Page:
• Sight and Sound
  • Total Film

(These are just a few examples)

Where to find it: A good old Google search (as with everything else really)

 

 

 

10. Multi hot shoe adapter

Tip: Adapters with 3 hot shoes are also available

Tip: Adapters with 3 hot shoes are also available

One hot shoe just isn’t enough. What’s a hot shoe I hear you ask? It’s a little slot on top of a camera where you attach accessories for your camera. The thing is, there are many incidents where a videographer or photographer might want to put on more than one item. A flash and a transmitter, or a light and a radio mic. I have no idea how I ever survived without this. Now, go help a brother out!

Where to find it: Amazon, camera stores

 

 

11. Grey/white balance card

grey white card

Tip: As with most things these cards come in sizes big and small.

Getting an exact exposure and perfect white balance should be the highest priority for any aspiring DOP or photographer. These cards are inexpensive, portable and scream professionalism. Buy these to brush up their skills and make them look good. A perfect little stocking filler.

Where to find it: Amazon, camera stores

 

 

 

 

12. Thermos flask

flask

Film making often involves getting up at the crack of dawn, hanging around on location for hours on end and battling the elements. If your loved one loves their hot drinks then this is probably one of the best items you could buy them. Keep them going through those dark winter months and they’ll never forget how awesome you are!

Where to find it: Supermarkets, Google!

 

So there you have it, now that you have a few hints for stocking fillers go and get that Christmas shopping done!

 

 

Video Production Companies London

How to choose the right camera for the job

The C100's form factor and weight made it the perfect choice on a recent trip to Gibraltar

The C100’s form factor and weight made it the perfect choice for a day trip to Gibraltar

I’m terrible at making decisions sometimes. When presented with a multitude of options for anything in life it’s so easy to spend too much time overthinking which options to take that you end up wasting unforgivable amounts of time being indecisive and not actually getting anything done. The process of deciding on a camera to use is one of those tasks that I, and I’m sure many others in this field, have been guilty of in the past for spending far too long on. Many hours can be lost to Youtube comparison videos and the forums if you’re not careful. Sounding familiar? There are so many options available to us that it’s understandable why it would take so long to decide, but time is money after all and we’ll get left behind if we ‘oom’ and ‘ahh’ for too long.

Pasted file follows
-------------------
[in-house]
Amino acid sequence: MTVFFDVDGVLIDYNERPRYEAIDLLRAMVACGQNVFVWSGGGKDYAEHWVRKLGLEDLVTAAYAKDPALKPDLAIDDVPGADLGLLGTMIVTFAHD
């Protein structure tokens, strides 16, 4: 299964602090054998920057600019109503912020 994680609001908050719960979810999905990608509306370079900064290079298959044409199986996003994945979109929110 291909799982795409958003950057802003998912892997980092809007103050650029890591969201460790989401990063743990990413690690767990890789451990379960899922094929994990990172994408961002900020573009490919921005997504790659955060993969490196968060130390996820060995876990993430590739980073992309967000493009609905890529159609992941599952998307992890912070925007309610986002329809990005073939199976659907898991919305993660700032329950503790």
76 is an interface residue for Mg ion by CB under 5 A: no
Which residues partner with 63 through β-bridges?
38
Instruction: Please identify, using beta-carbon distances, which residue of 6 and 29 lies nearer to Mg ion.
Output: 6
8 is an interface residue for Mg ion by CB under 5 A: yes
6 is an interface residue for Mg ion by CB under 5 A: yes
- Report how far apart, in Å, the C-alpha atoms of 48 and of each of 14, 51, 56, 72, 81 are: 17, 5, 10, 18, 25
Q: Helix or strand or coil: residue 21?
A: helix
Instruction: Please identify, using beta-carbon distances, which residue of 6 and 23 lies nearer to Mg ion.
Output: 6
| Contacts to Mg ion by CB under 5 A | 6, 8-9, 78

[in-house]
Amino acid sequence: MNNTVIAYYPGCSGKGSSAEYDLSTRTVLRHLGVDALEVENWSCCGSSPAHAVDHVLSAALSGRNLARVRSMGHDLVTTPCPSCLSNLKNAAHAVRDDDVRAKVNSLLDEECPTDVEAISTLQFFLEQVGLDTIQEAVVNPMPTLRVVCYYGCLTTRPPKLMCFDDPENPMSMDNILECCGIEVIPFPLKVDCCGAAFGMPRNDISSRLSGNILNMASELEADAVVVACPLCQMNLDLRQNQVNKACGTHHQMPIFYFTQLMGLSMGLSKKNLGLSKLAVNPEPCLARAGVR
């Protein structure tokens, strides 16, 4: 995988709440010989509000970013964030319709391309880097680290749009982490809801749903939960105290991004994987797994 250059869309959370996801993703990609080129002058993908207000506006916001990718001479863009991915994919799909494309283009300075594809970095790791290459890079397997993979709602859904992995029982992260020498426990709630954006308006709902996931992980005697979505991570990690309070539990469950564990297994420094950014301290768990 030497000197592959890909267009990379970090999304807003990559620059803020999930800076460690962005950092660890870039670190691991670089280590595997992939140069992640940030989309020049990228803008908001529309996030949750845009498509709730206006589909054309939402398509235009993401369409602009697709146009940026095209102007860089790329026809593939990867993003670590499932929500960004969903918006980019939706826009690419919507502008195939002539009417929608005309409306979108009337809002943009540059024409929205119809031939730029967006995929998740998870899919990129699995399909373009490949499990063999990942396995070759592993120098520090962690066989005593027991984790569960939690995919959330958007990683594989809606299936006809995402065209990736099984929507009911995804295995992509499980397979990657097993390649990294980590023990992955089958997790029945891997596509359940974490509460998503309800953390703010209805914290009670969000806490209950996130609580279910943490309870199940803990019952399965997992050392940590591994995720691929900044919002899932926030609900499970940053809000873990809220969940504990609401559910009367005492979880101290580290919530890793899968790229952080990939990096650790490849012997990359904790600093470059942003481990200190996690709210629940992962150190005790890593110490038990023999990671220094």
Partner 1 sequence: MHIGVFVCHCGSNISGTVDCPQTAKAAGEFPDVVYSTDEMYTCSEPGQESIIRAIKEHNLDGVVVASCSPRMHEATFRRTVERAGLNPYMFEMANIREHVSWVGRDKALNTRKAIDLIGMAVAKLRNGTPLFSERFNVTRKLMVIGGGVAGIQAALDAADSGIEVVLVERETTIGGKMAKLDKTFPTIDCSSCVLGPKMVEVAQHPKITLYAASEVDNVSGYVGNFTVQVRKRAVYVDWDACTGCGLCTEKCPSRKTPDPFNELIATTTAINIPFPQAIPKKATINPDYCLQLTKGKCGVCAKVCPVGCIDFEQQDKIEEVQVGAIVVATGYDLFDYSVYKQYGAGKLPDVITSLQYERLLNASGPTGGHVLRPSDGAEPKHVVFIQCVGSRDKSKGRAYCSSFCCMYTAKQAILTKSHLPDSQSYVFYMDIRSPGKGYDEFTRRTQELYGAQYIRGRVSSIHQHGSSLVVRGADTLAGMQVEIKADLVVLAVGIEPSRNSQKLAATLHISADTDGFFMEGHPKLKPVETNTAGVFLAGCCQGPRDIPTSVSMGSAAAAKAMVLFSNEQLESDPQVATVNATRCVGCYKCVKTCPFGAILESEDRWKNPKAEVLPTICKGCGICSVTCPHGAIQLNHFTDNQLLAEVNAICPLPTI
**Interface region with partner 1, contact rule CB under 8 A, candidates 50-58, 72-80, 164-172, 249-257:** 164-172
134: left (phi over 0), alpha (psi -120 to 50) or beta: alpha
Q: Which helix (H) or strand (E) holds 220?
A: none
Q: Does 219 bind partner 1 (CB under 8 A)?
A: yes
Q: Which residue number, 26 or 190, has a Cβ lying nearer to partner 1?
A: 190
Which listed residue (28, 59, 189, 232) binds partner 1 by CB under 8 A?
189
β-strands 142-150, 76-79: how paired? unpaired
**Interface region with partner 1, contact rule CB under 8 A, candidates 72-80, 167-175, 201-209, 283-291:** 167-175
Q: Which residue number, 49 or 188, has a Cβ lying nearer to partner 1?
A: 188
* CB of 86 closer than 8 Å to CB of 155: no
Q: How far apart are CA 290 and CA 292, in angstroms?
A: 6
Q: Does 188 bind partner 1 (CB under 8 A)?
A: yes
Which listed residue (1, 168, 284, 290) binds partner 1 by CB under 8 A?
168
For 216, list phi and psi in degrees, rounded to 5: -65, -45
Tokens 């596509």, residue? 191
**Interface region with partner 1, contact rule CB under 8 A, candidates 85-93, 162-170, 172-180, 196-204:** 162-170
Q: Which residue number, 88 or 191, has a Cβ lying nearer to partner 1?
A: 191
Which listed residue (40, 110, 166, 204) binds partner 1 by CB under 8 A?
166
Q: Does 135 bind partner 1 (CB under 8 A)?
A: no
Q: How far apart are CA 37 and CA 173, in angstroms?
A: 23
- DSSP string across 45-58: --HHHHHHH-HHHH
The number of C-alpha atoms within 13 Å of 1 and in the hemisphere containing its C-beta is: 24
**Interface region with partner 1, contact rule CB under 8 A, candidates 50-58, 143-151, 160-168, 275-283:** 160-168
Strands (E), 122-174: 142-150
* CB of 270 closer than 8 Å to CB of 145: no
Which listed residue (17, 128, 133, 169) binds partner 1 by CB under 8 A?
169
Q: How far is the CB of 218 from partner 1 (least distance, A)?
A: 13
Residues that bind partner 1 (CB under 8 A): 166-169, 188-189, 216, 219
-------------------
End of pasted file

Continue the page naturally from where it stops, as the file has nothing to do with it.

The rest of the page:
And the award for most expensive wedding video ever goes to..

Lets face it – all of us techies would love to have the latest and greatest cameras for all of our projects. Wouldn’t it be great if we could shoot in 4K or 6K (or even greater) every time? Having the ability to shoot super slow motion on a full frame sensor with internal ND in a lightweight body would be pretty amazing right? Why would anyone want you shooting for them if you don’t have the most up to date technology possible?

We’d better stop dreaming I’m afraid.

Not to rain on the parade or anything but the fact of the matter is we can’t always have the most advanced technology every time. Most of the time this is down to money, but even if you had all of the money in the world to buy however many cameras you’d like, you’d probably reach the same conclusion as me eventually:

No camera is perfect. But, for each job there is a perfect camera. 

Think to yourself what your favourite film is. Why is it your favourite film? Did the choice of camera have anything to do with it?

Probably not.

You probably chose it for its story or maybe the acting. Perhaps you chose it for its cinematography, but remember the camera only did half the work. There was a person operating that camera and they would’ve probably made a conscious decision as to why that camera was the tool for the job in their current situation.

The right camera for the job

It’s very easy to get into the gear mindset and only think specs, but really if you want to be taken seriously as a professional then think of the equipment as merely tools. Cameras are obviously much more exciting than other tools in other industries, but realistically that’s what they are.  You are there to do a job and they are there to help you do that. The camera manufacturers want us to think differently, but then they want our hard earned cash! The key is finding the camera that will help you do your job, whatever it may be, as efficiently and effectively as possible whether you are buying or hiring.

So what is your situation? Do you have a short term brief to meet or a long term investment to consider? If you are stuck choosing a camera, here are some factors to consider before your dreaming becomes a money losing opportunity:

  • Price

The most obvious thing to consider. As with any other product the more features a camera has, the dearer it will be, whether you’re buying or hiring. Set yourself a budget.

  • Return on investment 

If you’re buying it’s sensible to think about how long it will take (or – gulp – if) you’ll make a return on your investment. We’d all like an Arri Alexa, but do we all earn that much in a year? Similarly if you’re shooting on a long project, would it make sense to hire a camera for that period when you could actually save money in the long run by buying?

  • Accessories

What do you actually need to make your camera perform how you want it to? Does it work straight out of the box or are there other bits required? Do these additional items cost much or take long to set up? Will these accessories remain useful if you decide to upgrade further down the line? Have you thought about which lenses you’re going to use? (that’s an entirely different subject in itself)

  • Target audience

Crucial, this one. What do you actually shoot? What are your clients asking for? Do you want to move into shooting something different? An Arri Alexa is probably going to be a bit overwhelming for talking heads!

  • Workflow

How quickly do your clients need their video? Do you need to shoot with edit friendly codecs for speed? Or do you require something more efficient for storage? Can your editing system handle 4K or do you plan to upgrade in the future? Do you need flexibility in the grade?